‘Whorl’ dir. Anthony Austin

A cinematic journey into Joshua Tree with electro-pioneers Simian Mobile Disco, as they record 
their fifth album live under the Californian stars.

Director: Anthony Austin
Producer: Dan Keefe
Editor: Fabian Peters
Visuals: Hans Lo & Jack Featherstone


C8: How did you first get involved with the project? What was your mindset going in?

AA: I’ve been friends with James and Jas for a long time, and one night in the pub James told me about their next project, a live album recorded in the desert in California using no computers, only these incredible bespoke synths they built themselves. It sounded like a real challenge, a way of giving themselves a set of limitations around which they had to work to create the music. I was then chatting to a friend Dan Crowe who is launching a new magazine in the spring, Avaunt, whose focus is adventure in all its forms. I immediately thought of SMD and within a week I was on a flight to California with the band.

The nature of the challenge SMD had set themselves, meant that each time they play the music, they essentially have to recreate it from scratch, and each performance is unique. They had also always intended to go to the desert to perform and record the album. I wanted my film to be a record of that time and place, to capture that unique moment as it happened. I also wanted to communicate the unique atmosphere of Joshua Tree itself, and the alternative spirit that seems to result from living among those ancient boulders.

C8: ‘Whorl’ is a very unique concept. How did you initially set out to try and capture it for film?

AA: James and Jas’s intention for this album was very clear from the outset. They wanted to break down the process of making electronic music to its most basic ‘analogue’ form. Essentially, what is the least amount of kit they could get away with that would allow them to make the music? So they built the synths: these unique boxes that house modules with very singular functions. The other important element was making the process as ‘live’ as possible. The synths make sounds, and the sequencers allow them to build the tracks, but there’s no way to record. Each time you play it, you have to build the music from the ground up.  This was a very real challenge for them – for example the synths needed time to warm up and were affected by ambient temperature, so when they went to play the gig at Pappy and Harriet’s, the cold desert night had detuned them all. Something they only discovered as they began to play the set.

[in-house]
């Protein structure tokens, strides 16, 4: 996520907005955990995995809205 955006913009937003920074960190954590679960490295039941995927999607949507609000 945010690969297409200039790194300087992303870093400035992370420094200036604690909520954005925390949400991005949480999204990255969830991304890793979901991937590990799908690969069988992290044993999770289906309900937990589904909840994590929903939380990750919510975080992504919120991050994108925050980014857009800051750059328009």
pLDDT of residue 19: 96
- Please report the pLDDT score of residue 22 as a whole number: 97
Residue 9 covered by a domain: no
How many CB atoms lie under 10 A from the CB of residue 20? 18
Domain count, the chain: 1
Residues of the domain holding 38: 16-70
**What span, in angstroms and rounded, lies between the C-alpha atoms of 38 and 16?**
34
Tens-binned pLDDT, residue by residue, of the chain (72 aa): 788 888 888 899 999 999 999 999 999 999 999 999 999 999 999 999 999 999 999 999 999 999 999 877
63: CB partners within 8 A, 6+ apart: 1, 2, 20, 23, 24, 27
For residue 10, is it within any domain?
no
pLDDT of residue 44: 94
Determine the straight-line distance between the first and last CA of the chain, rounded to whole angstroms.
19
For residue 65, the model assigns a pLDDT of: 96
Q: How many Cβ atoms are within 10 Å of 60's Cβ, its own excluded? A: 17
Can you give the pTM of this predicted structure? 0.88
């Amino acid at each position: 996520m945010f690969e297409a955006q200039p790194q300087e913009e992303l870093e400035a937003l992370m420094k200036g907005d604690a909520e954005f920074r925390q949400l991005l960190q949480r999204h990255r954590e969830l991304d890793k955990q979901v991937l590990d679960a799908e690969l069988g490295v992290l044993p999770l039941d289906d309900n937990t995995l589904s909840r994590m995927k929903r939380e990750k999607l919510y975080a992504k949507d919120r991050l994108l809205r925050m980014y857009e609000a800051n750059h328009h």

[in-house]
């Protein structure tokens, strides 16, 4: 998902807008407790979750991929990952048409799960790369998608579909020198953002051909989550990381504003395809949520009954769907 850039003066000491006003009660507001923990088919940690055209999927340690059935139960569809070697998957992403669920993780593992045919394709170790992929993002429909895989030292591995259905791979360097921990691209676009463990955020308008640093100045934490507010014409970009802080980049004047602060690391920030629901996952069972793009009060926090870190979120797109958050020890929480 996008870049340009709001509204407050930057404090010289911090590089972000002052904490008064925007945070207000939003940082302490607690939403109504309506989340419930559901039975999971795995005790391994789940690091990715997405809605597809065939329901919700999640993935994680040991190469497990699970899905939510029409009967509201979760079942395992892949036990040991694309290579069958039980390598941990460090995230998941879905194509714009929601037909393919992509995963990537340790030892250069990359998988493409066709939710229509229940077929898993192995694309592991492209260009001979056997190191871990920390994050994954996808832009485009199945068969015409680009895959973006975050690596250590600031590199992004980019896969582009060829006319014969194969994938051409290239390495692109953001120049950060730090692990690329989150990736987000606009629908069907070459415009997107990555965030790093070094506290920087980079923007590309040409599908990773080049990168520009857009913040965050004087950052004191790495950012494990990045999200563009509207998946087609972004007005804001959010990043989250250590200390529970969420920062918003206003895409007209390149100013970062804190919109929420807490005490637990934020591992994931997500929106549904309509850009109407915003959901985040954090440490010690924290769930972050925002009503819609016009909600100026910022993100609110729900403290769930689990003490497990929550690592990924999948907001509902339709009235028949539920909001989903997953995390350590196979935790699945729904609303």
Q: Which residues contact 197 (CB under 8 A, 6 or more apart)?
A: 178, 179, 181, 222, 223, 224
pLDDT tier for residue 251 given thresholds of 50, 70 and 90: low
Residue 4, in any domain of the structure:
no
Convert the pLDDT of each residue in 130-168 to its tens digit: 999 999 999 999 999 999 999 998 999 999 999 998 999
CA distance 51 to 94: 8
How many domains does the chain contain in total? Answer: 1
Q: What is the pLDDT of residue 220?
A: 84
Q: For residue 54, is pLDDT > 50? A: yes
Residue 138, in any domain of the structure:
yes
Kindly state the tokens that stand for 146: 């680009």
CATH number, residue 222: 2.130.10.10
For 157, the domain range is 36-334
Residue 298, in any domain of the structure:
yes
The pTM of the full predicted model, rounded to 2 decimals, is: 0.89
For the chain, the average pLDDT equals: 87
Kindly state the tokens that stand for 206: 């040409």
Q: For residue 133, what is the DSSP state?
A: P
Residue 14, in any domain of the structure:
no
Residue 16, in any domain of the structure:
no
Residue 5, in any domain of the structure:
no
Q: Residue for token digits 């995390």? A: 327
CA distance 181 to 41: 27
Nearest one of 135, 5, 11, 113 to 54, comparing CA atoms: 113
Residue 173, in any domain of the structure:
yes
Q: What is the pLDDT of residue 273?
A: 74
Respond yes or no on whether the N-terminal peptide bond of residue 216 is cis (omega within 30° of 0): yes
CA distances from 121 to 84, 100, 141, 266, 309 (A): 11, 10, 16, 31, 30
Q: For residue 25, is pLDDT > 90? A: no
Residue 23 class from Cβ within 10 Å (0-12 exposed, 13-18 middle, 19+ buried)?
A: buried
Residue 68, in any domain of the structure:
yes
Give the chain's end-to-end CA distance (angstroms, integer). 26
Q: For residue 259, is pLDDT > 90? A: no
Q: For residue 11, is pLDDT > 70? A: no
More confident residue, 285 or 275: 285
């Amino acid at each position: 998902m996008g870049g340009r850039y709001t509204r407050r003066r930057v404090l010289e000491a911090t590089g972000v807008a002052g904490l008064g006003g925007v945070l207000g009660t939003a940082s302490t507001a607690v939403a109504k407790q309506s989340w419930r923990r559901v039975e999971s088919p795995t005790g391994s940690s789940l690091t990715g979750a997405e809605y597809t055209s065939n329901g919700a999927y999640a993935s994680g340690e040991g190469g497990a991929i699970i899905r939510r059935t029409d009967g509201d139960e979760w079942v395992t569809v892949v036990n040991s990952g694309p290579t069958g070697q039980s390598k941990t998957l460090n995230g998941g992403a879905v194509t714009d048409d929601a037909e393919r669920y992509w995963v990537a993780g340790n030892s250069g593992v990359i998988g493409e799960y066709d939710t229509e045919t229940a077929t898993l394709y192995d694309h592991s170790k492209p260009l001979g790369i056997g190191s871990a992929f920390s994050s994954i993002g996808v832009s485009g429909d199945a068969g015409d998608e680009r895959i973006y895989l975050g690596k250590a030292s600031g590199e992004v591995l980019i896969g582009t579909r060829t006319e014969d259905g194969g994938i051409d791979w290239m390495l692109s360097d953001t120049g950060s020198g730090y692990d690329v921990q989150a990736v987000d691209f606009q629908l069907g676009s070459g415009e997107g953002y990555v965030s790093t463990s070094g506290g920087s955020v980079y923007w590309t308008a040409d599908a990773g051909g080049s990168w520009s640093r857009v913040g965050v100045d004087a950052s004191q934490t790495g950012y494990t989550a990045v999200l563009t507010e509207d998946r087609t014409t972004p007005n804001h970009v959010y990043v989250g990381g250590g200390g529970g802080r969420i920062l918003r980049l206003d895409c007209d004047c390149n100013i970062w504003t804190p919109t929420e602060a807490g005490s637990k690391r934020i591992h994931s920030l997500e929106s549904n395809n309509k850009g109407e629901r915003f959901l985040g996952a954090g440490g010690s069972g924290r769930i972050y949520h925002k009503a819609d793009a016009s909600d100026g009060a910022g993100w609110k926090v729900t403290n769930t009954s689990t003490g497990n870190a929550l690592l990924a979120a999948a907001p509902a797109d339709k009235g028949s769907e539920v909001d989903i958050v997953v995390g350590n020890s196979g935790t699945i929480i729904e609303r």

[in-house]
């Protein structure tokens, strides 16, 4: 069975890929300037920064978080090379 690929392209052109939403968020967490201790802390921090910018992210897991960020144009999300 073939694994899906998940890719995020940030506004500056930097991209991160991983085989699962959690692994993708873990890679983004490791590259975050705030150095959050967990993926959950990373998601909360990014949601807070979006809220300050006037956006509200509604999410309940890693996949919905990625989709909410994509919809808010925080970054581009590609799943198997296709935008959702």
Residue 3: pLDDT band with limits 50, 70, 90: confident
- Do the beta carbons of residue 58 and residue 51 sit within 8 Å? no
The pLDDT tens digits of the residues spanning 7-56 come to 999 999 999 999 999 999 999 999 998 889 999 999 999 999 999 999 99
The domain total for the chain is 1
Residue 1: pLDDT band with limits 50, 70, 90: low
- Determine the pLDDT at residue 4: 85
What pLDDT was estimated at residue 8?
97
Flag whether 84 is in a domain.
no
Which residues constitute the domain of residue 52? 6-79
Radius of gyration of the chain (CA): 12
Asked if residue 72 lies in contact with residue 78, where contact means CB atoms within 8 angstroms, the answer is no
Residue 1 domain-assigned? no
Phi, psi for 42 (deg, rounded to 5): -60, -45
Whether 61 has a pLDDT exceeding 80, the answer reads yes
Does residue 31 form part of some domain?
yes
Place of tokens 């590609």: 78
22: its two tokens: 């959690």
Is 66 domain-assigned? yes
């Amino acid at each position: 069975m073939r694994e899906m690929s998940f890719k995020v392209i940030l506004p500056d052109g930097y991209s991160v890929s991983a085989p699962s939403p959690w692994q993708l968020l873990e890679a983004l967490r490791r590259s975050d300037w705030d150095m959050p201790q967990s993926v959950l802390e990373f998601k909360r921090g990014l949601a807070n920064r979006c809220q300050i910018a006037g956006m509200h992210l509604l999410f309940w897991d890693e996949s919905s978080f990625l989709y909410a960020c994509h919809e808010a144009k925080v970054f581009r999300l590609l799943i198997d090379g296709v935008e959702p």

I approached my film with those two concepts – ‘analogue’ and ‘live’ – at the heart of it. So all the footage and visual effects are as analogue as possible – either in camera or through post–production technique. I also wanted to capture the action as it happened. This was not a contrived shoot but a documented account of the amazing adventure we had out there in the desert.

C8: Tell us about the crew you took with you. Did you try and keep it as minimal as possible or did certain locations require a lot of hands for equipment?

AA: I actually shot it all myself, I was keen to keep it intimate, and as far as possible not turn the entire trip into a extended film shoot. My mate Pete Everett was there taking pictures so he helped out on occasion, as did SMD’s manager Luke Williams and James’ wife Sereen. We all mucked in, basically.

C8: What did you shoot on and what was the reasoning behind this choice?

AA: I shot on two Canon 5D MkII’s and a Canon 60D. Shooting DSLRs allowed me to be light and carry what I needed in a single bag. Helpful when scaling rocks in the desert. The 60D was there so I could shoot 50 fps, for some of the more atmospheric shots. I also used a ‘free-lensing’ technique on some of the desert portraits removing the lens from the body of the camera, and holding it in front creates some really strange visual effects. I love it as you get some crazy aberration in the image, and it also allows light to leak behind the glass for some really nice flaring.